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News Bad and Good

March 18th, 2009 by Myrhaf · 2 Comments · Link Cavalcade

The news about the Obama administration, the Reid Senate and the Pelosi House continues to be bad. Jaw-dropping bad. Obama won’t allow pilots to fly armed.

After the September 11 attacks, commercial airline pilots were allowed to carry guns if they completed a federal-safety program. No longer would unarmed pilots be defenseless as remorseless hijackers seized control of aircraft and rammed them into buildings.

Now President Obama is quietly ending the federal firearms program, risking public safety on airlines in the name of an anti-gun ideology.

The Chinese navy harasses American ships and Secretary Clinton doesn’t have the spine to note that our ships have every right to be in international waters. Clinton and Obama want a new image abroad for America — America is compassionate and altruistic now that the cowboy Bush is gone! — so we can’t even stand up to the bullying of an aggressive dictatorship.

Meanwhile at home, Obama emulates the communists he appeases abroad by appointing someone to oversee culture in America. Just what we need — government approved culture!

Amid the bad economic news, Obama announces he has complete confidence in Treasury Secretary Geithner. A statement of confidence is always a bad sign, as presidents needn’t say such things about those who really have their complete confidence.

And politicians are outraged over AIG bonuses. But of course it takes a Republican, Senator Grassley, to make the most foolish statement — that AIG execs should commit suicide. Maybe the Senator has watched too many samurai movies.

Despite the endless cavalcade of idiocy that is the Obama Era, there has been a most unexpected development in American culture (done without the Culture Czar’s participation). The Tea Party Movement has arisen to protest Obama’s big government policies.

Ayn Rand’s ideas are, if not the underlying philosophy, then a major theme in this movement.

View the photo blogs of tea parties and you’re guaranteed to see on every one at least two Ayn Rand citations, a few Atlas Shrugged posters, more pork and bacon references than a congressional committee meeting, and lots of concern for future generations. There is commonality of conviction and cause in all the tea parties. But that’s it in the movement’s Department of Organization and Strategy.

“Going Galt” has entered the American idiom. I read one leftist sneer that no one yet has actually “gone Galt.” He is thinking of the concrete events of Atlas Shrugged, not abstracting the principles. Anyone who has worked less to remain in a lower tax bracket has gone Galt. Every wife who stays at home as a housewife because taxes penalize a working couple has gone Galt. Every small businessman who gave up because regulations and health care made his venture unprofitable has gone Galt.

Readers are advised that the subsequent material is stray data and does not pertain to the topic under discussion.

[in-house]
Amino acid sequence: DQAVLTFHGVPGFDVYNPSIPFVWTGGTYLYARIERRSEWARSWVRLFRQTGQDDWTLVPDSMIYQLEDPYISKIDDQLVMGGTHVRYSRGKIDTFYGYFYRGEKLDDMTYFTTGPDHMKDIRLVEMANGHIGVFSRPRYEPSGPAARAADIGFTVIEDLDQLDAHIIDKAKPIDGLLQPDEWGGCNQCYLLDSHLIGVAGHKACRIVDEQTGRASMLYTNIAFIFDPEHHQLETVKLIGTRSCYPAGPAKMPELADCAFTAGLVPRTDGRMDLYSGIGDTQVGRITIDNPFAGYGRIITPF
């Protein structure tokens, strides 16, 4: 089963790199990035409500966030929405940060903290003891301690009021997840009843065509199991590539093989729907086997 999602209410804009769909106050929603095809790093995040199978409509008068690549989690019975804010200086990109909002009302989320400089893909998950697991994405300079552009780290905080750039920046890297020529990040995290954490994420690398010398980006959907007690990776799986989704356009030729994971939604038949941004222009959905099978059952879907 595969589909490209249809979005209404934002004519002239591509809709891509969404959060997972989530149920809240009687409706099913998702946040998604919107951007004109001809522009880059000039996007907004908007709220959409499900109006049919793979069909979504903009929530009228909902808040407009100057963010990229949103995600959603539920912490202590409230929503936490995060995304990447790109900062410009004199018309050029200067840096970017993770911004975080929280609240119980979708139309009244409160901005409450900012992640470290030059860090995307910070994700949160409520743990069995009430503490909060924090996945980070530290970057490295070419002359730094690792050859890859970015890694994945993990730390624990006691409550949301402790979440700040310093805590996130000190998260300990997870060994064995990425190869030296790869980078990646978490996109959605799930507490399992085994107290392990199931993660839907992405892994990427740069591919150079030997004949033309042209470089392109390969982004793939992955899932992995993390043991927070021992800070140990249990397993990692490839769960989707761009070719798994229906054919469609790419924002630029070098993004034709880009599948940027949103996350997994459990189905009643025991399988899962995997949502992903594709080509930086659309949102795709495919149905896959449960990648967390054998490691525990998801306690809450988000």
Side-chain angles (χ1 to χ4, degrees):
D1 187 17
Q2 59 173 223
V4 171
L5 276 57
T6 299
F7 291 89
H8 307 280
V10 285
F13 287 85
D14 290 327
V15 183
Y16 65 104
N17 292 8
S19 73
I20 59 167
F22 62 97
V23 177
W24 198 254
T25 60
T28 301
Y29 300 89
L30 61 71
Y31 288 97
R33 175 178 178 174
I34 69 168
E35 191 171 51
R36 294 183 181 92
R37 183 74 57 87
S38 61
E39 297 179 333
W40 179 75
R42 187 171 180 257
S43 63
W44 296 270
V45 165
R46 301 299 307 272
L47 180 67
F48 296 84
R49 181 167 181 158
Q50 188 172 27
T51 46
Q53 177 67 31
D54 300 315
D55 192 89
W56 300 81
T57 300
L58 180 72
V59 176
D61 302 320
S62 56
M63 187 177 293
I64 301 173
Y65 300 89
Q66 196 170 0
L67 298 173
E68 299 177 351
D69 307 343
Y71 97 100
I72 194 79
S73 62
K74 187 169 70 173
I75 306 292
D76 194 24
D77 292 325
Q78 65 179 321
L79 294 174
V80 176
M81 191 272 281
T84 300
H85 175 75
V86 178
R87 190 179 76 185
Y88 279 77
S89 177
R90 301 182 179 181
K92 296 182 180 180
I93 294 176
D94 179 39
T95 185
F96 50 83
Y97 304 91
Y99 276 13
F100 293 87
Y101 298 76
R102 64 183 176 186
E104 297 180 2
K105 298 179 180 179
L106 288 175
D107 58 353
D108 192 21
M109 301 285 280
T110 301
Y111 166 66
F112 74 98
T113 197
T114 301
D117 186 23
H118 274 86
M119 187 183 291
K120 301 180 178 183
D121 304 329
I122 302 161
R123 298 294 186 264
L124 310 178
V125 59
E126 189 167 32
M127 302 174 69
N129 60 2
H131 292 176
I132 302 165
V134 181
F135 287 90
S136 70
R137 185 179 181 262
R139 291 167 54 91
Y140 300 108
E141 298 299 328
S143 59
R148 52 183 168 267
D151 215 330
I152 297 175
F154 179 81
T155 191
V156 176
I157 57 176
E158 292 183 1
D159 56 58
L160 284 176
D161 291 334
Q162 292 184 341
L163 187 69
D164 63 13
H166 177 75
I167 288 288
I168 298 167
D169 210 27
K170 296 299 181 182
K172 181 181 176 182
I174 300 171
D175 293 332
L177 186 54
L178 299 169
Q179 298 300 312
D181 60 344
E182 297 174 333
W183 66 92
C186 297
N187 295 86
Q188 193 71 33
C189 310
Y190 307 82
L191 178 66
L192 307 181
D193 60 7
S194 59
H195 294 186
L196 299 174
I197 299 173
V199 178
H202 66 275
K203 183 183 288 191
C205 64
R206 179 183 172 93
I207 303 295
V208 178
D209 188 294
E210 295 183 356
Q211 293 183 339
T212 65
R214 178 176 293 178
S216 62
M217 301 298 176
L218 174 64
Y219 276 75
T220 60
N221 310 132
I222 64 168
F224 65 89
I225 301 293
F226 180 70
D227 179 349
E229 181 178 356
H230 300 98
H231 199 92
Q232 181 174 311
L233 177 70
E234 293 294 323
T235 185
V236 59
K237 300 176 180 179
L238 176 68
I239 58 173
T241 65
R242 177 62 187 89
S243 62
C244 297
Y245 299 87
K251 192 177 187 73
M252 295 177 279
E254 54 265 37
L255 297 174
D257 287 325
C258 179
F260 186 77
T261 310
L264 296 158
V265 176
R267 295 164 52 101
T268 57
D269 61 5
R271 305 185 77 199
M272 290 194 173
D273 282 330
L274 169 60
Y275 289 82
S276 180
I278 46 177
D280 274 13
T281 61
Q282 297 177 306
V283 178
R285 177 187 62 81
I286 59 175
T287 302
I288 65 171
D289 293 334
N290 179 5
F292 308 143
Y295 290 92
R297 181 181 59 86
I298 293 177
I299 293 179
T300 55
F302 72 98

Objectivists might disapprove  of Ayn Rand’s sudden popularity and the use of her character’s name by a movement full of conservatives and libertarians who disagree with her. These are the types like the conservative businessman in the ’60s who offered Ayn Rand $1,000,000 if she would believe in God. (Now, there’s a fool and his money.) These are the types who dismiss her novels for reasons ranging from “They are just novels” to “They are not novels.” Whatever.

First, we should be delighted by the publicity. You can’t buy PR this good. Atlas Shrugged, a 50-year old novel, recently topped the Amazon list. People are buying the books. Perhaps they are even reading them.

Second, we should take this phenomenon as evidence that Ayn Rand’s philosophy has entered the culture and has changed it some — not enough, but some. People understood, however incompletely, that the answer to Obama’s quest for control of the economy in the name of altruism is not any conservative or libertarian theorist, but is the philosophy of Ayn Rand. I think this is one of the most encouraging developments I have seen in my time of watching.

2 Comments so far ↓

  • Benpercent

    If the news about Atlas wasn’t encouraging enough, The Fountainhead, The Virtue of Selfishness, and Capitalism: The Unknown Ideal has also been setting records of their own on the Amazon bestselling classics list! I have also heard Hazlitt’s Economics in One Lesson has risen as well, but I haven’t seen it.

    So not only are people buying Atlas Shrugged, but also apparently exploring the rest of Ayn Rand’s ideas as well. 🙂 How long it shall take these people to digest those ideas is anyone’s guess.

  • Jason Lockwood

    I live in Sydney and I’ve noticed that the Penguin editions of Miss Rand’s novels have been selling quite briskly in the local bookshops. Ayn Rand is not really known that much in Australia, but as things heat up in America, I think we’ll start to hear more.